←All Posts Posted on March 7, 2015 By admin
We often hear public speakers talk about the digital divide. Usually they mean the sections of society that don’t have access to the Internet and therefore don’t get the best access to products and services via technology or are unable to find the best deals online.
But there’s another digital divide too, between people who understand the technology they’re using and those who know just enough to get by. The latter group are able to use computers and mobile devices to carry out their daily tasks, but are likely to panic when something changes or doesn’t work as they expect.
Digital skills are more important than ever to the way we live our lives, particularly when it comes to things like social media and the cloud. But this also means it’s easy for people to become paranoid and think they’re under attack when things go awry.
Part of the problem is that the people who do understand technology often keep things to themselves. A recent survey showed that more than half of IT staff don’t tell their bosses about a problem until it’s become serious or urgent. Day-to-day malware detection may therefore go unreported and managers may not be aware of all the threats their business is facing.
Businesses aren’t the only ones affected by a lack of digital understanding. Share a Dropbox or OneDrive folder with someone, for example, and you have the ability to place files on their computer. For someone unfamiliar with this type of cloud-based file sharing, seeing a pop-up message saying that a file has been added to their machine can come as a shock and they may think they’ve been hacked. Forget to unshare a folder when you split up with a partner or leave an employer and there are all sorts of other implications too.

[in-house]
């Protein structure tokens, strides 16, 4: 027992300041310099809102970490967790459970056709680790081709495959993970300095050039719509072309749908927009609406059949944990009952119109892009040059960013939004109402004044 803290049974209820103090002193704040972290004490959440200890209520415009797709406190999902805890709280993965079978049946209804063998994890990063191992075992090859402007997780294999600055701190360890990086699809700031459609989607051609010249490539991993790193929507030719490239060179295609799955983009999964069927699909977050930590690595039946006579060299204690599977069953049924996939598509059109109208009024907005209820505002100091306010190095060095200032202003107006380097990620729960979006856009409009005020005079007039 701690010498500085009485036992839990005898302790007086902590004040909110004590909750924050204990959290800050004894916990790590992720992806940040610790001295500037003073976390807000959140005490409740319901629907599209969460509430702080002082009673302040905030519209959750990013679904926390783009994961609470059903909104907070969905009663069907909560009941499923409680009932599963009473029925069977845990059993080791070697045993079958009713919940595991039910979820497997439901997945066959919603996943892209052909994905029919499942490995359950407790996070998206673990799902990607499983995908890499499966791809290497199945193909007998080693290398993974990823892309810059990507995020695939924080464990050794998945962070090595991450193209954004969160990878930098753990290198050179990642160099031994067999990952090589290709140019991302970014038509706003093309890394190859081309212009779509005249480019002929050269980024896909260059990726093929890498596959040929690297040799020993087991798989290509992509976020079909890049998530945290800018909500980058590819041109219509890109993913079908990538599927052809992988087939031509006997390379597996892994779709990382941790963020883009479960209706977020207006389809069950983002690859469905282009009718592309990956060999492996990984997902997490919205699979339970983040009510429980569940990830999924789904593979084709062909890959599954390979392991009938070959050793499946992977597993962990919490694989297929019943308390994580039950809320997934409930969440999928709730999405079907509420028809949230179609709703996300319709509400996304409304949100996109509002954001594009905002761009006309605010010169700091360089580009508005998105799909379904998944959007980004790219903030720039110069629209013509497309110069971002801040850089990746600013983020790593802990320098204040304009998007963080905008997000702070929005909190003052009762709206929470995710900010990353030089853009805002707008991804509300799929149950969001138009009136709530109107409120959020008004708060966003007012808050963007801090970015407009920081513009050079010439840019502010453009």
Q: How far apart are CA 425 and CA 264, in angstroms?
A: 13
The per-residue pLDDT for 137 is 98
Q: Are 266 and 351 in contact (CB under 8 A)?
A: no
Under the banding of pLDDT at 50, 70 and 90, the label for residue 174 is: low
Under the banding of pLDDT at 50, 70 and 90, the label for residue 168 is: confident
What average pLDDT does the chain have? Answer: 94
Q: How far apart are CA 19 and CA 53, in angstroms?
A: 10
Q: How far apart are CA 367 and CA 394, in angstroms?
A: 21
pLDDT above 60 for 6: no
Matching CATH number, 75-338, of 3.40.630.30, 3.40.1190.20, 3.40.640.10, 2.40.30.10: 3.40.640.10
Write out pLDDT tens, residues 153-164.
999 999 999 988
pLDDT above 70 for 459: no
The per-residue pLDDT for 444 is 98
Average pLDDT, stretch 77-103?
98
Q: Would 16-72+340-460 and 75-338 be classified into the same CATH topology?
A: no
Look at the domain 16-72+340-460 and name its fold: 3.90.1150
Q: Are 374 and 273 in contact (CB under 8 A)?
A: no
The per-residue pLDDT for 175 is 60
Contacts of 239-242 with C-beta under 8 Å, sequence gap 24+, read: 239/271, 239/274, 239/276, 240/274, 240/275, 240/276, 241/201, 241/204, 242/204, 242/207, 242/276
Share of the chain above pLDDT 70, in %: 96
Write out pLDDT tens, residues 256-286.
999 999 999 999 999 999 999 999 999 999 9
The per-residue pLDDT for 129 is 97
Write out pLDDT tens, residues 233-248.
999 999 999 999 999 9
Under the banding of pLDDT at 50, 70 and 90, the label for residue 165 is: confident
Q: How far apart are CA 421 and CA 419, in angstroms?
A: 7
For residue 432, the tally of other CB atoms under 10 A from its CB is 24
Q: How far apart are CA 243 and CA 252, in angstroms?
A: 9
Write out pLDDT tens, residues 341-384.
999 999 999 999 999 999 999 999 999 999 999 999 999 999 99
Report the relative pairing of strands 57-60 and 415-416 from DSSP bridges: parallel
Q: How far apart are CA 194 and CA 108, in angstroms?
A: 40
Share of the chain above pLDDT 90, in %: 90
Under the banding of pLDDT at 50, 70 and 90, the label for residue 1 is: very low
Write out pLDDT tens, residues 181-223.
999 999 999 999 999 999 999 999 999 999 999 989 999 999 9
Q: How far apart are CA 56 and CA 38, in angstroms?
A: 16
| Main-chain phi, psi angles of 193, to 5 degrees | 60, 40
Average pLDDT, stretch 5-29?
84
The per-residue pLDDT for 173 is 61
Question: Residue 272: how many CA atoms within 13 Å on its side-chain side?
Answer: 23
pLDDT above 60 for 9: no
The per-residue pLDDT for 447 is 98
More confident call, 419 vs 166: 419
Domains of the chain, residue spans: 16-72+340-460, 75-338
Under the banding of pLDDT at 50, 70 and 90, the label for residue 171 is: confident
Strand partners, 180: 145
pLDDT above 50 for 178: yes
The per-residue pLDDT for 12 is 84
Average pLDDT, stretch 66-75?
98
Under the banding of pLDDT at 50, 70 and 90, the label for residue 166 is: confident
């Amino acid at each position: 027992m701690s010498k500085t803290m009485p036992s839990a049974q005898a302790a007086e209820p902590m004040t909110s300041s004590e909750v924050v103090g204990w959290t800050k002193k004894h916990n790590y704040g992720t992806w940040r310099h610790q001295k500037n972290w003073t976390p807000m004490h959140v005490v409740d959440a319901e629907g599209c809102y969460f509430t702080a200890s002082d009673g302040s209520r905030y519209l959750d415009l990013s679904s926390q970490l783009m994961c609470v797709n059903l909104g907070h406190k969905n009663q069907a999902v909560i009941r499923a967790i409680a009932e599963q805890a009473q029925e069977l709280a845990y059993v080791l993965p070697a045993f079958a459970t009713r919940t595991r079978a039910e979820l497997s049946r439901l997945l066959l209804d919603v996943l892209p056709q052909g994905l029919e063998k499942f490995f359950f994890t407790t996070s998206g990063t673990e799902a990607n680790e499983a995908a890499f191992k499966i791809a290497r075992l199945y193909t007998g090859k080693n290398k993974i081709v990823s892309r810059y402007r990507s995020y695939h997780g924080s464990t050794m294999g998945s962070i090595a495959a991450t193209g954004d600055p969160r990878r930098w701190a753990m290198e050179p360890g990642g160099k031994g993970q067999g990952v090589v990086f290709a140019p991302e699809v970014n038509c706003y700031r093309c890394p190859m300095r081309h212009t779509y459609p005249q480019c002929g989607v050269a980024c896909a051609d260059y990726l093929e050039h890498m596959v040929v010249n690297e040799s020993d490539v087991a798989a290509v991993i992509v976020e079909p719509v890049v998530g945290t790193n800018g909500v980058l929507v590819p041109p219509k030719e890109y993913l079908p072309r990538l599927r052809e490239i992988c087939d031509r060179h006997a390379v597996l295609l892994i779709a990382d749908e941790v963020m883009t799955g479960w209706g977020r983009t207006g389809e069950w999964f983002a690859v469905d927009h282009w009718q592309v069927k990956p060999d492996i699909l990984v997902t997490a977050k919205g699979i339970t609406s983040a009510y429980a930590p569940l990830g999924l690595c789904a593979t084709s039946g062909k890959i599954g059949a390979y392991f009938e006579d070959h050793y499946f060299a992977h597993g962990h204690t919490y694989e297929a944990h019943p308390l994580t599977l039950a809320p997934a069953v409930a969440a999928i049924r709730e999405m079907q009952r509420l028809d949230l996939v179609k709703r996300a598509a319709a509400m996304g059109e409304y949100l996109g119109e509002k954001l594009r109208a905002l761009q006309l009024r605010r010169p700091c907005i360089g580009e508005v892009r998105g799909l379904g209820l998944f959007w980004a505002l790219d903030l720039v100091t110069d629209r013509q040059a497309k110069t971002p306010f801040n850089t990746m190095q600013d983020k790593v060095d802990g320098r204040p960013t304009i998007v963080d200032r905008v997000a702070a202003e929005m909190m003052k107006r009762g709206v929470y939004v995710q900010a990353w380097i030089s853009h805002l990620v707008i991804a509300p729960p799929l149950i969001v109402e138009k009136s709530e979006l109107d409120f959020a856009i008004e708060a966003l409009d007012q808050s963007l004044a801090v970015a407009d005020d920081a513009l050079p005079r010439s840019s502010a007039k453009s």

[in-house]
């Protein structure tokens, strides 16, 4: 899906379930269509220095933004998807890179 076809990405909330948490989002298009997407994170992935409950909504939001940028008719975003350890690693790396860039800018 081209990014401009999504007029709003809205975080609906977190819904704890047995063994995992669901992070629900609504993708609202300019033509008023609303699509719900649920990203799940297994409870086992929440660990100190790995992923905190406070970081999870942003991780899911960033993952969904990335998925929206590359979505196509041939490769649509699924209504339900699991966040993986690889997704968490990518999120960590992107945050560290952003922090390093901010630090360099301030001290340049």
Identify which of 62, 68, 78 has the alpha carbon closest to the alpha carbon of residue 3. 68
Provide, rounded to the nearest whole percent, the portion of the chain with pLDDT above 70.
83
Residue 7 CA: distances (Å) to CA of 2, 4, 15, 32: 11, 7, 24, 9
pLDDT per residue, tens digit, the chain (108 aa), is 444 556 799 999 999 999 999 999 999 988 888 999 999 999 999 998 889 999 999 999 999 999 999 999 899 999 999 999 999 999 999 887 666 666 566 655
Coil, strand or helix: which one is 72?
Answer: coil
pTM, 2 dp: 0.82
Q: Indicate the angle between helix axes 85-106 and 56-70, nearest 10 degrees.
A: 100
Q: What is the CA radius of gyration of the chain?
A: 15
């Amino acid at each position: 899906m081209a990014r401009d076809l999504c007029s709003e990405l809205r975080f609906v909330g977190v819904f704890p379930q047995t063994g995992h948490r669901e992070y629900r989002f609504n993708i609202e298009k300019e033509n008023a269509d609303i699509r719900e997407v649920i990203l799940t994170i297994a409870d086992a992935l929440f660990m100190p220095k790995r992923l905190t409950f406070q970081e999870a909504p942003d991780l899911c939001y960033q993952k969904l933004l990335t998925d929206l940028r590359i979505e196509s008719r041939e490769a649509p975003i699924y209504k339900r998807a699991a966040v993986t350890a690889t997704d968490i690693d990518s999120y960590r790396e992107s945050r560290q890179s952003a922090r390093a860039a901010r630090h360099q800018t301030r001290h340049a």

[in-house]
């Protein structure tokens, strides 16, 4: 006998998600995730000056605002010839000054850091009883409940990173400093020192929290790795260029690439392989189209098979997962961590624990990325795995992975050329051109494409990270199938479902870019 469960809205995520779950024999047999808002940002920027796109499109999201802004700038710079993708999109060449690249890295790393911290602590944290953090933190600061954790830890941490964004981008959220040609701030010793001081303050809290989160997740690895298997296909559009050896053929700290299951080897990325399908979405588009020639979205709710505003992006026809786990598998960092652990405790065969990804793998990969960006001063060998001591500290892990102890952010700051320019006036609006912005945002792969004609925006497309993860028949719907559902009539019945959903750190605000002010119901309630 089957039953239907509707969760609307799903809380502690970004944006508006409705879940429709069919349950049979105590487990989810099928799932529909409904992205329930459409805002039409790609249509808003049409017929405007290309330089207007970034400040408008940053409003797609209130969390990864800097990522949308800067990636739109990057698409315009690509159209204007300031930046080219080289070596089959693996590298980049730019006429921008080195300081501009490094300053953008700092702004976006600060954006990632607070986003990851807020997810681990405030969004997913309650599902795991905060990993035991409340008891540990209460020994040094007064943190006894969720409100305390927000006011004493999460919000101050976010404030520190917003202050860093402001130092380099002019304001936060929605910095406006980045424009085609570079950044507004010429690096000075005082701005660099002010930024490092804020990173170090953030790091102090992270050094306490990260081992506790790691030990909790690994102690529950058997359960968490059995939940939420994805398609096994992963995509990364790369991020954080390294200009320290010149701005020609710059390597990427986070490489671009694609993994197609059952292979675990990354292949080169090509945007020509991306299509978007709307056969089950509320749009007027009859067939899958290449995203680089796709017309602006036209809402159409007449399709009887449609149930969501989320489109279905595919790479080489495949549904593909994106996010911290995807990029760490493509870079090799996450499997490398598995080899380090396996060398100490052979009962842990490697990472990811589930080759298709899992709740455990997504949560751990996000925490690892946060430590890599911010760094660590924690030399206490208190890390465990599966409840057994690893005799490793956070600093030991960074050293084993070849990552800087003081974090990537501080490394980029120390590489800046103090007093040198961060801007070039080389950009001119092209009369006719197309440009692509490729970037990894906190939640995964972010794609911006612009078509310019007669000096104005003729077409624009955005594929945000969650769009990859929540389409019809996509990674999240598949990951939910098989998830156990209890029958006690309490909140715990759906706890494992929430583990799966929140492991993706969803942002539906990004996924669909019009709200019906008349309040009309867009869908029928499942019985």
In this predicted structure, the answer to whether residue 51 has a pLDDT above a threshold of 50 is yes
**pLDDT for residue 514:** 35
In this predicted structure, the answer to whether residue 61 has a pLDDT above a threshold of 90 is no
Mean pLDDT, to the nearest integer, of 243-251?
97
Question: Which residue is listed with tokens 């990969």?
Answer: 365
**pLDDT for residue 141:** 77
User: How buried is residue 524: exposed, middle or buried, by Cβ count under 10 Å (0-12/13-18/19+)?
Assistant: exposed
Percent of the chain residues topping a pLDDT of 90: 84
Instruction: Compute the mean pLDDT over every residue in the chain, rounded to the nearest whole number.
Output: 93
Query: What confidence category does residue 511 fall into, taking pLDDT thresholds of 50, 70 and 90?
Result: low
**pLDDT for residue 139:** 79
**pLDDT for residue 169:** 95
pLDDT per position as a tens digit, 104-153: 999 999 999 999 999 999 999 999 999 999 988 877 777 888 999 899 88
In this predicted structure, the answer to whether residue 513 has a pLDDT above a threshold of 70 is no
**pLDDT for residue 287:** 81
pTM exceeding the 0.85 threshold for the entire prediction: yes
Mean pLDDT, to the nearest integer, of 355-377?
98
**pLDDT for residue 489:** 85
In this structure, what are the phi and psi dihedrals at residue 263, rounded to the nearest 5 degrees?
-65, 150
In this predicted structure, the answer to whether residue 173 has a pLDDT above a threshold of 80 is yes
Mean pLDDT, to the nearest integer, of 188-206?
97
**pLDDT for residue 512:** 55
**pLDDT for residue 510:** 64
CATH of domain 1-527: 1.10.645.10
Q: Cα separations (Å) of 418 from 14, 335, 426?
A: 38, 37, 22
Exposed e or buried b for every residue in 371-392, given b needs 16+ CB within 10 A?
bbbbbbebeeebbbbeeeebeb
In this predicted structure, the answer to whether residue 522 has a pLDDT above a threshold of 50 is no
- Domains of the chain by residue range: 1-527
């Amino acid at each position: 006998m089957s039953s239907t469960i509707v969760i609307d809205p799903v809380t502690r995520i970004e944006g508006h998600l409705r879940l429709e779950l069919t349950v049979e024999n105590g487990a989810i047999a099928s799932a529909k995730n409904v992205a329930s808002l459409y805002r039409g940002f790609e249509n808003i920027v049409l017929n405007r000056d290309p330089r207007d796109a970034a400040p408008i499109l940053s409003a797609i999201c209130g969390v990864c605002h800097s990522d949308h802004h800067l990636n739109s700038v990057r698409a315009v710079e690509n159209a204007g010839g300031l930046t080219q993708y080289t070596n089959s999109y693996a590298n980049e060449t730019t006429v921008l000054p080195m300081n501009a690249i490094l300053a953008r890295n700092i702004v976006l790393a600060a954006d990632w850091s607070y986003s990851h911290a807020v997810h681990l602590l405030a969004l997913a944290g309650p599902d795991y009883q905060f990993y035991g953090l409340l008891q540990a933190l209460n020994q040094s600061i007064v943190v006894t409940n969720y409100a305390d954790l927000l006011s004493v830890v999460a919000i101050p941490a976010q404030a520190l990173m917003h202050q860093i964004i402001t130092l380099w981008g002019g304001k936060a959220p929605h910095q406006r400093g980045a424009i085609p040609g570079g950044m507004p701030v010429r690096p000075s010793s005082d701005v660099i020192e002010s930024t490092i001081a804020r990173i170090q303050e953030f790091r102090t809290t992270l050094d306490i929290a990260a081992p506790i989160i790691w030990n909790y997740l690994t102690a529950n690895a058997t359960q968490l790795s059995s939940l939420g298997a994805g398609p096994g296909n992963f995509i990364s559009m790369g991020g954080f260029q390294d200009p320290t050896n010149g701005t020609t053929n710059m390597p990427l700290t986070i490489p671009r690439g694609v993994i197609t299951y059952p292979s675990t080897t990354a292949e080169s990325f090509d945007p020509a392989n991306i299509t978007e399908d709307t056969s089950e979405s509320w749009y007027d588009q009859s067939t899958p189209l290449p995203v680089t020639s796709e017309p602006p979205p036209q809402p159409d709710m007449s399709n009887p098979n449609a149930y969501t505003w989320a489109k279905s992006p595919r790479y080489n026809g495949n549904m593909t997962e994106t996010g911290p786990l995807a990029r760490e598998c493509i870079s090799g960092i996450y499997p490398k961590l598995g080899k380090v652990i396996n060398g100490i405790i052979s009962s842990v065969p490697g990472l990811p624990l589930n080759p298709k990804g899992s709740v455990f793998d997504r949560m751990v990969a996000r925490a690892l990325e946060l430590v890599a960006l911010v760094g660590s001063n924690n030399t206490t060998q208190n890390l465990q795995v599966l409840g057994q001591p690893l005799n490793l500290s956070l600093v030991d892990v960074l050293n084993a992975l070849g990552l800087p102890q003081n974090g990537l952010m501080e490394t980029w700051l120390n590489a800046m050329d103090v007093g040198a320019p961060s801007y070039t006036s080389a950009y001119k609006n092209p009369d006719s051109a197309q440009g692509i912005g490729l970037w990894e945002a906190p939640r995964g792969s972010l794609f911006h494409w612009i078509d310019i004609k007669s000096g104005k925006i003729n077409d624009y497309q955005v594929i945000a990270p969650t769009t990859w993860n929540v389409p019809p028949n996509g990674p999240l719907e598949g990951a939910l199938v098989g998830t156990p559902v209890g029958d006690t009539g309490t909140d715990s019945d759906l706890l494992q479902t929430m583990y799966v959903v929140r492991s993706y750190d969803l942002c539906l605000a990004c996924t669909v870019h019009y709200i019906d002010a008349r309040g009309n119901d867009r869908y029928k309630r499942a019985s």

Another example is that smartphone users may follow advice to turn off location tracking to make their device more secure. But when they travel abroad on holiday the lack of tracking means the time zone won’t be updated and they’ll puzzle over why the time stamp on their photos is wrong, perhaps assuming malware is responsible.
A digital divide then isn’t necessarily about economics. It can be about skills too. Often this will only come to light when something goes wrong and an enterprise or individual realises they’re not fully in command of their technology. It’s a particular problem for smaller businesses that don’t have in-house IT support.
A computer forensic investigation may seem to be a little drastic, but often it’s the only way to uncover what’s been happening. This can then help the person or company to understand the systems they have and how to use them correctly.
The more we use technology and the more it moves into our domestic lives thanks to Internet of Things devices, the more scope there is for the digital divide to occur. Once our cars and domestic appliances are online there’s even more opportunity to worry about how our information gets shared and copied between systems.
Bridging the digital divide presents a challenge for users, manufacturers and service providers alike as they seek to balance security against ease of use and peace of mind.